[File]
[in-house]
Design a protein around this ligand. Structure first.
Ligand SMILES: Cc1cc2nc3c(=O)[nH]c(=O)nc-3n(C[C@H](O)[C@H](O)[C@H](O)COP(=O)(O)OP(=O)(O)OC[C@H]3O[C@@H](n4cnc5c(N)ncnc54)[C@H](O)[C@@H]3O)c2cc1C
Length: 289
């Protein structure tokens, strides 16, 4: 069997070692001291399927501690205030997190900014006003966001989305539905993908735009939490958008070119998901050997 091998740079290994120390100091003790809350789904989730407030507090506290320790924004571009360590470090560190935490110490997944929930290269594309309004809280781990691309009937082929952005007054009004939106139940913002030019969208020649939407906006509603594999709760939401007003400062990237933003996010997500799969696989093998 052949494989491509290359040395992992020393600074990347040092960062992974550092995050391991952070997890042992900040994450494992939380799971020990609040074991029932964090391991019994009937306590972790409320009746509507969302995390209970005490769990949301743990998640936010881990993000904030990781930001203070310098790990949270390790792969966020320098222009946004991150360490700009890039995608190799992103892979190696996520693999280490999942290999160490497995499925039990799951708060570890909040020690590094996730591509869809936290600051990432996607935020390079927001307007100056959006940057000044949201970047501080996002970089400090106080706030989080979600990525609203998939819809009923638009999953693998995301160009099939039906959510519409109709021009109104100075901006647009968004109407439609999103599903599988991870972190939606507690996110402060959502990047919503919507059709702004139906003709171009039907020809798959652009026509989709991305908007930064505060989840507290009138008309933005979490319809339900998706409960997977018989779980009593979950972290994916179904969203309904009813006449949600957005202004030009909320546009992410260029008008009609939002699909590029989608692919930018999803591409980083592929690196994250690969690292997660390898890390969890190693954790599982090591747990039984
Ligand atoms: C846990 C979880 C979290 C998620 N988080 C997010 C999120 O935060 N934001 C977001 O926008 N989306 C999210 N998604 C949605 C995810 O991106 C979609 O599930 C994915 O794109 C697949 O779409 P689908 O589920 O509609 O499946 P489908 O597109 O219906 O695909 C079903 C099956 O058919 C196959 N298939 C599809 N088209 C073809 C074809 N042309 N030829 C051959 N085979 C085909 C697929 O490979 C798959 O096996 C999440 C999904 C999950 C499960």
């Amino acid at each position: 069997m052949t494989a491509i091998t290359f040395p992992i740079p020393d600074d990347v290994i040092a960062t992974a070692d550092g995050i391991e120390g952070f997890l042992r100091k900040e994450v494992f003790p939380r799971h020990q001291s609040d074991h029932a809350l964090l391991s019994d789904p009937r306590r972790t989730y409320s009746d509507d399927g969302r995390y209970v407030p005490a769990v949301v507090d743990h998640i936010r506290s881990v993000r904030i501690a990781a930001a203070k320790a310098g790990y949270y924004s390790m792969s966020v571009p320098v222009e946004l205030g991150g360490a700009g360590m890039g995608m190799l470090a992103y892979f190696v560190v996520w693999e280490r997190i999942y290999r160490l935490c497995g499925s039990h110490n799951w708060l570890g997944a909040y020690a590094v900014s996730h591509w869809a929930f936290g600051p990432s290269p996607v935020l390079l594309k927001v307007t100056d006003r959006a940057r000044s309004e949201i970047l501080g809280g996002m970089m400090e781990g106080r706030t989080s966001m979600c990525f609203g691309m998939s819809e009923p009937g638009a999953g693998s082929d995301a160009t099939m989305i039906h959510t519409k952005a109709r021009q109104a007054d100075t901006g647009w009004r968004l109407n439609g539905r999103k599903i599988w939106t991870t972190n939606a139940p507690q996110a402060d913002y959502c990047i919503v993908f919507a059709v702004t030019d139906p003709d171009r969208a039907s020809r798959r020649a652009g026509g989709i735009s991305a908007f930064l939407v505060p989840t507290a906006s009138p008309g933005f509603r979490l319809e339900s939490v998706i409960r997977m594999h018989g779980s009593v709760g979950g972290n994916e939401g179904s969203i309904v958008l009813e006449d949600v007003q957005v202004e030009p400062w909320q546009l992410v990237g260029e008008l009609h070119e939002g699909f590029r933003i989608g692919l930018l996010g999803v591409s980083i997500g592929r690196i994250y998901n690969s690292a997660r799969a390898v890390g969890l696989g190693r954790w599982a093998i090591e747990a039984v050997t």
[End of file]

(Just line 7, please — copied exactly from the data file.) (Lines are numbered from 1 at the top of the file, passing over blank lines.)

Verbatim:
């Amino acid at each position: 069997m052949t494989a491509i091998t290359f040395p992992i740079p020393d600074d990347v290994i040092a960062t992974a070692d550092g995050i391991e120390g952070f997890l042992r100091k900040e994450v494992f003790p939380r799971h020990q001291s609040d074991h029932a809350l964090l391991s019994d789904p009937r306590r972790t989730y409320s009746d509507d399927g969302r995390y209970v407030p005490a769990v949301v507090d743990h998640i936010r506290s881990v993000r904030i501690a990781a930001a203070k320790a310098g790990y949270y924004s390790m792969s966020v571009p320098v222009e946004l205030g991150g360490a700009g360590m890039g995608m190799l470090a992103y892979f190696v560190v996520w693999e280490r997190i999942y290999r160490l935490c497995g499925s039990h110490n799951w708060l570890g997944a909040y020690a590094v900014s996730h591509w869809a929930f936290g600051p990432s290269p996607v935020l390079l594309k927001v307007t100056d006003r959006a940057r000044s309004e949201i970047l501080g809280g996002m970089m400090e781990g106080r706030t989080s966001m979600c990525f609203g691309m998939s819809e009923p009937g638009a999953g693998s082929d995301a160009t099939m989305i039906h959510t519409k952005a109709r021009q109104a007054d100075t901006g647009w009004r968004l109407n439609g539905r999103k599903i599988w939106t991870t972190n939606a139940p507690q996110a402060d913002y959502c990047i919503v993908f919507a059709v702004t030019d139906p003709d171009r969208a039907s020809r798959r020649a652009g026509g989709i735009s991305a908007f930064l939407v505060p989840t507290a906006s009138p008309g933005f509603r979490l319809e339900s939490v998706i409960r997977m594999h018989g779980s009593v709760g979950g972290n994916e939401g179904s969203i309904v958008l009813e006449d949600v007003q957005v202004e030009p400062w909320q546009l992410v990237g260029e008008l009609h070119e939002g699909f590029r933003i989608g692919l930018l996010g999803v591409s980083i997500g592929r690196i994250y998901n690969s690292a997660r799969a390898v890390g969890l696989g190693r954790w599982a093998i090591e747990a039984v050997t």